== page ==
Engineers working with magnetic particles

A certified weld inspector – as mentioned in our previous blog on the importance of an outsourced weld inspector – is essential for any company in an industry that requires the use of heavy machinery, such as cranes or forklifts.

Not only are weld inspections important for the safety of employees, the efficiency of machinery and for liability reasons, but they are also a fundamental business practice to meet industry standards and regulations. 

Weld inspections, which should be carried out by highly-trained and experienced weld inspectors, help to identify both structural and non-structural defects to ensure the safety and maintenance of the equipment.

Magnetic particle inspection is a non-destructive test used by experienced inspectors to find potential or existing defects. This method uses a magnet, known in the industry as a “yoke”, to find fine cracks and verify defects that were spotted by an inspector visually.

Here, Sparta Engineering explains the different levels of sensitivity used in magnetic particle inspection:

Dry magnetic particles

Dry magnetic particles are produced to include a range of particle sizes, with fine particles measuring around 50mm (0.002 inches) – around three times smaller in diameter and more than 20 times lighter than the coarse particles, which are 150mmm or 0.006 inches in size.

This size difference changes the levels of sensitivity of the particles, but dry particles must be made of both fine and coarse particles if they are to be put into practice. The dry particle method provides inspectors with improved sensitivity for the detection of subsurface flaws.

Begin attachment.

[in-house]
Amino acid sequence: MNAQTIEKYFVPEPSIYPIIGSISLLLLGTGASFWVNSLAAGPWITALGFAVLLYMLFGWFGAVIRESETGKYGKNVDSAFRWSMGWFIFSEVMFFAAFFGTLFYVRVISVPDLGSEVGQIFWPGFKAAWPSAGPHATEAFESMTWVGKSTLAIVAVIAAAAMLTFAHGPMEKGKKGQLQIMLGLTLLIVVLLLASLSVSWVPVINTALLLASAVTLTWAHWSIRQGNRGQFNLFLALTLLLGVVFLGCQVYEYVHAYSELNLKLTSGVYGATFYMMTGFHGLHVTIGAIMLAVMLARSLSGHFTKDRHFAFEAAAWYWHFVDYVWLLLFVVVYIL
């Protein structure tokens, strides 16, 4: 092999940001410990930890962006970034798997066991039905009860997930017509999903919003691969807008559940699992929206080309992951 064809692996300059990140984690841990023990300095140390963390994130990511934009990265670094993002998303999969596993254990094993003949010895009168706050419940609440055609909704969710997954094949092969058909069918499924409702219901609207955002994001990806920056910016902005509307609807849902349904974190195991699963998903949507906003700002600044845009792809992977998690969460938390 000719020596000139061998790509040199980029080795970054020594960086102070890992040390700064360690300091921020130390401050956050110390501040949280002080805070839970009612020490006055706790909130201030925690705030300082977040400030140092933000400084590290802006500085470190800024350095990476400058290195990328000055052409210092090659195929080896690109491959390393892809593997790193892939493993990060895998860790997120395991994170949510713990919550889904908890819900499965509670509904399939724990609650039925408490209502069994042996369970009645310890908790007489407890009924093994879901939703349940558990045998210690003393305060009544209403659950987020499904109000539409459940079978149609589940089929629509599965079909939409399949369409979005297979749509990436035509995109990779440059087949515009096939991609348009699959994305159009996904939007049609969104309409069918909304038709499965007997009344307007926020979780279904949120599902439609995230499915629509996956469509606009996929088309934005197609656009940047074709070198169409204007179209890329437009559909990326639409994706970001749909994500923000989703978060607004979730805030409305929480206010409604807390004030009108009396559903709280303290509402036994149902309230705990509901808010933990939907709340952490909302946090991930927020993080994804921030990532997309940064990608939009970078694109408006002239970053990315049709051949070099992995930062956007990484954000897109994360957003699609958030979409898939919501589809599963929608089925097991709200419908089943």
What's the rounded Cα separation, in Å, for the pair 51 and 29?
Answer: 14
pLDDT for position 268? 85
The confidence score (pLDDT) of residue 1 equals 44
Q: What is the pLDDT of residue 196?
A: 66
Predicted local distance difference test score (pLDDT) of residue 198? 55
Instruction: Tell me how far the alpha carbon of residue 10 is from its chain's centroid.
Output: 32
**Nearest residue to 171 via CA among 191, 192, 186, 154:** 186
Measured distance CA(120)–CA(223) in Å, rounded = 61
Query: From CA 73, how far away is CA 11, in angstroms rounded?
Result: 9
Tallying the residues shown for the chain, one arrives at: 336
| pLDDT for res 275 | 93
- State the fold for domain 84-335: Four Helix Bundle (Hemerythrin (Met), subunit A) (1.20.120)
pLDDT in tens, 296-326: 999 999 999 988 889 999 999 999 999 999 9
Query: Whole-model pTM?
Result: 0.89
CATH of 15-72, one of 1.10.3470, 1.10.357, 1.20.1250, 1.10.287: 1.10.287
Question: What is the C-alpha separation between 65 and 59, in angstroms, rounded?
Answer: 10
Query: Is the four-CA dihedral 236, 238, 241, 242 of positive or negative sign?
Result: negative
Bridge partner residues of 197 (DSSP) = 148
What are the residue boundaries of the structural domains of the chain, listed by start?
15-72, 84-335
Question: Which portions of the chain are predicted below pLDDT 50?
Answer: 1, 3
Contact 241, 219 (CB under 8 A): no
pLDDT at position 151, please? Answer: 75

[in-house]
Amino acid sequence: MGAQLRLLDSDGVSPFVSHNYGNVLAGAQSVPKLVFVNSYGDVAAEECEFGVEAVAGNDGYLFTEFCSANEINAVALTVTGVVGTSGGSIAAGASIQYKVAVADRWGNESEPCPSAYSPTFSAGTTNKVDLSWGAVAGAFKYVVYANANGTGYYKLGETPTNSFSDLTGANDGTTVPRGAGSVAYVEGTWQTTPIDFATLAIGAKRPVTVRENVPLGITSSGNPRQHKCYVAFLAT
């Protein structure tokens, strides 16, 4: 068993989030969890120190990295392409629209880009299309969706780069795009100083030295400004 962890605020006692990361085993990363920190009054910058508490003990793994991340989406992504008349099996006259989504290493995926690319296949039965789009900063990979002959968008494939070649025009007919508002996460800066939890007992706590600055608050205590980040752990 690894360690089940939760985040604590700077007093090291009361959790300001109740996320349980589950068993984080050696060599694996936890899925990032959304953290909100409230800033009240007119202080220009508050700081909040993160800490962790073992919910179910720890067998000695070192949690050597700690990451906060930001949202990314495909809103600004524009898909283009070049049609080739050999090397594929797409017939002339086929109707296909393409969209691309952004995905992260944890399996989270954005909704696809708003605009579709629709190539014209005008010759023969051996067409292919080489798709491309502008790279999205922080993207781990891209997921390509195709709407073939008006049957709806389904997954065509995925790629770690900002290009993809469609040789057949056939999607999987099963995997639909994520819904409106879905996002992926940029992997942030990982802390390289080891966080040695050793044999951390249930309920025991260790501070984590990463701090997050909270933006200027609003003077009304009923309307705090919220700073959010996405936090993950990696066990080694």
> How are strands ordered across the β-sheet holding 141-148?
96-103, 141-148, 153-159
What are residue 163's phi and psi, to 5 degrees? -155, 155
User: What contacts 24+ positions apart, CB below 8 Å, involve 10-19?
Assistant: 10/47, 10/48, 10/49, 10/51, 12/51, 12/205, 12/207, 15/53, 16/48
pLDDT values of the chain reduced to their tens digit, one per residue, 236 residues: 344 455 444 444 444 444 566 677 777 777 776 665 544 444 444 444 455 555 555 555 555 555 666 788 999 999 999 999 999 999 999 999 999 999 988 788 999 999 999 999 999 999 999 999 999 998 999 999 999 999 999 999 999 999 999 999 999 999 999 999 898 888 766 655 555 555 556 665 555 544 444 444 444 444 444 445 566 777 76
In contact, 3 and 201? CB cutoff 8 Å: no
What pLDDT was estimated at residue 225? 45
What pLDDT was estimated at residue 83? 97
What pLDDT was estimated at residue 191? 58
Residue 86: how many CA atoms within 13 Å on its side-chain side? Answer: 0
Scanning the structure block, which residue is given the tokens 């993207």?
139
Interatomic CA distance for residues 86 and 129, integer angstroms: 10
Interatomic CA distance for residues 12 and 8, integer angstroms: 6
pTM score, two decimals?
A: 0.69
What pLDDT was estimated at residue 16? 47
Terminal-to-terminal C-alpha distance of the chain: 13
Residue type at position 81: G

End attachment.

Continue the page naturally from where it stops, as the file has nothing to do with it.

Dry magnetic particles are typically available in red, black, gray, yellow and several other colours that create a high level of contrast between the particles and the machinery being inspected. This makes it easier for the inspector to distinguish any possible defects.

Wet magnetic particles

Wet magnetic particles, on the other hand, provide inspectors with improved sensitivity for the detection of very fine surface flaws. The wet method is generally more sensitive than the dry method, due to the particles being supplied in a wet suspension such as water or oil.

Due to this wet suspension, the particles have more mobility – meaning smaller particles can be used to inspect for potential defects in the machines structure. Also, unlike dry magnetic particles, fluorescent particles are available for the wet method.

Fluorescent particles are coated with pigments that fluoresce when exposed to an ultraviolet light. These particles, which often come in green or yellow, help to find extremely fine cracks which are rarely visible to the naked eye.

Why Sparta Engineering?

These methods require an experienced weld inspector, and that’s why here at Sparta Engineering we advise you to outsource your weld inspection requirements to a professional and certified weld inspector with multiple years in the industry.

Our inspectors have a long history of working in the weld inspection industry, and are experienced in using magnetic particle inspection methods as well as using their experience to find frequent and repeated issues. This experience means we can resolve issues quickly and to the highest possible standards, delivering cost savings and helping you meet industry regulations.

Want to find out more? Contact us today.